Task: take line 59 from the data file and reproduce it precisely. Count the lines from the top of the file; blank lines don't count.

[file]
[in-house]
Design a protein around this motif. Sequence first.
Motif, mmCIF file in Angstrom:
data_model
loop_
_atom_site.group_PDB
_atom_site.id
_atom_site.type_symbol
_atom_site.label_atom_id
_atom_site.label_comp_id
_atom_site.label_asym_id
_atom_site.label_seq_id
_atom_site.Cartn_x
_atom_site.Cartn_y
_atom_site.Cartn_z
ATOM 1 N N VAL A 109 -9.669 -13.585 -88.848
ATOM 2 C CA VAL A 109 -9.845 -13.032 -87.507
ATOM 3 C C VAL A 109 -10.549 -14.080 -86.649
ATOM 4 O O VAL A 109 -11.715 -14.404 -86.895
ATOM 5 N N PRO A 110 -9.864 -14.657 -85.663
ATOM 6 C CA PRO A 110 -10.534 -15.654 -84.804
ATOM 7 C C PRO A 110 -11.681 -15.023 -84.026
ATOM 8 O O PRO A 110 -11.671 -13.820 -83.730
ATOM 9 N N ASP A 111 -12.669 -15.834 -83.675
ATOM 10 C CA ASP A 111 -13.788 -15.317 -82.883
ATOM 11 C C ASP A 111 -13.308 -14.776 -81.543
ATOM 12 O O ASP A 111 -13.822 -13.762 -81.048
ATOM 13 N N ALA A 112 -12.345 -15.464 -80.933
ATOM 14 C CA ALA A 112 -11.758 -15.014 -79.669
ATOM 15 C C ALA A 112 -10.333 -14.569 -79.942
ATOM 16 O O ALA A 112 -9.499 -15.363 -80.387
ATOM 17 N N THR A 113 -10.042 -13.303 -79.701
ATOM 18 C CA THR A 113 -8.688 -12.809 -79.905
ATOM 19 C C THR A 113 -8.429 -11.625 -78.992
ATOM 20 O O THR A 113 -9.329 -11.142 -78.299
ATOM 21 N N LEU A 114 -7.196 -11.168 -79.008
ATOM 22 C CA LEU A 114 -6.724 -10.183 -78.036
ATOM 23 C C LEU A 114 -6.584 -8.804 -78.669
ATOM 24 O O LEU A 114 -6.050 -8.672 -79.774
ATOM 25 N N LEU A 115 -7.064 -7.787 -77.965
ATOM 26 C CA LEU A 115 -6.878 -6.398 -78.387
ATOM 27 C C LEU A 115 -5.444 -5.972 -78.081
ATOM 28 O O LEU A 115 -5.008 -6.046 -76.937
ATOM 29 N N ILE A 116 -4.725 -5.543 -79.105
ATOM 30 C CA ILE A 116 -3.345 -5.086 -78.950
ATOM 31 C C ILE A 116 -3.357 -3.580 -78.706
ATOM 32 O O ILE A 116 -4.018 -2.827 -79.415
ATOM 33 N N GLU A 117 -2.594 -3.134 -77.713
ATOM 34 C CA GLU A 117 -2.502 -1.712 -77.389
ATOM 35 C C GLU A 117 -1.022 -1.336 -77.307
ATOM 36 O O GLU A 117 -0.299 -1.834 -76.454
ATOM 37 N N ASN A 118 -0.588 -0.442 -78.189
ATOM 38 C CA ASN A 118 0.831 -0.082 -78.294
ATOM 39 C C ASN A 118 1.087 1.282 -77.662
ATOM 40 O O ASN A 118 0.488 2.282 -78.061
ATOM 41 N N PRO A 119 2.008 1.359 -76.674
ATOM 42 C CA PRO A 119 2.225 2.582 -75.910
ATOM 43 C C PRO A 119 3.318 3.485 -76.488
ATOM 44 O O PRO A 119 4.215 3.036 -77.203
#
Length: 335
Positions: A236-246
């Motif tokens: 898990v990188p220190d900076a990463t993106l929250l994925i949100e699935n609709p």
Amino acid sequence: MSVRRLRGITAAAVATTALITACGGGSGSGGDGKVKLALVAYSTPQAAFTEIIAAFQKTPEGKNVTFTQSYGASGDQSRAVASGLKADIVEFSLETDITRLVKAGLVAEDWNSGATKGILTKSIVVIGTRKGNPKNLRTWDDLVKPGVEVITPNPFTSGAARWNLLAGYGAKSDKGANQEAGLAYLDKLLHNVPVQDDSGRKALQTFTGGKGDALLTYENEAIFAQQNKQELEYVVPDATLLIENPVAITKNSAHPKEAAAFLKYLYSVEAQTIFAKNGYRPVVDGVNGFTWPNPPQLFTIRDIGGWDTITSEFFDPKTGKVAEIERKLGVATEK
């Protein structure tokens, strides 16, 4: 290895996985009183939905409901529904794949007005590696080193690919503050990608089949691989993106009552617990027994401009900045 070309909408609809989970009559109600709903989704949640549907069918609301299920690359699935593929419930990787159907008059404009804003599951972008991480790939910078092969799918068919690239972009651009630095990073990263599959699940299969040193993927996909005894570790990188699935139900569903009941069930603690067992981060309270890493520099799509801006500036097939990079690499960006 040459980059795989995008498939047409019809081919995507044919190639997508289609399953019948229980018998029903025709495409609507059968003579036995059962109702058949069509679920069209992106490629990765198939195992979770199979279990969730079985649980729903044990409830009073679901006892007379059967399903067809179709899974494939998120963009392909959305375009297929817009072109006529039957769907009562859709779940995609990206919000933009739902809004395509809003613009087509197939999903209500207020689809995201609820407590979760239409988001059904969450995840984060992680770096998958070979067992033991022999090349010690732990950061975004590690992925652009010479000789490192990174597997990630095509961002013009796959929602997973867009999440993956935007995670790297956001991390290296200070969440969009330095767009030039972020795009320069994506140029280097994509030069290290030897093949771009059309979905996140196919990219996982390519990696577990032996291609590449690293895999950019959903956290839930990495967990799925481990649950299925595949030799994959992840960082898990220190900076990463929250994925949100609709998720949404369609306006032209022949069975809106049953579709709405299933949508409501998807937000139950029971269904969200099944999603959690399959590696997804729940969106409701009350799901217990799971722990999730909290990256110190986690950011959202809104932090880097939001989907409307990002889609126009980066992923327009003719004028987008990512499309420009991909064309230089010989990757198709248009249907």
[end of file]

ATOM 44 O O PRO A 119 4.215 3.036 -77.203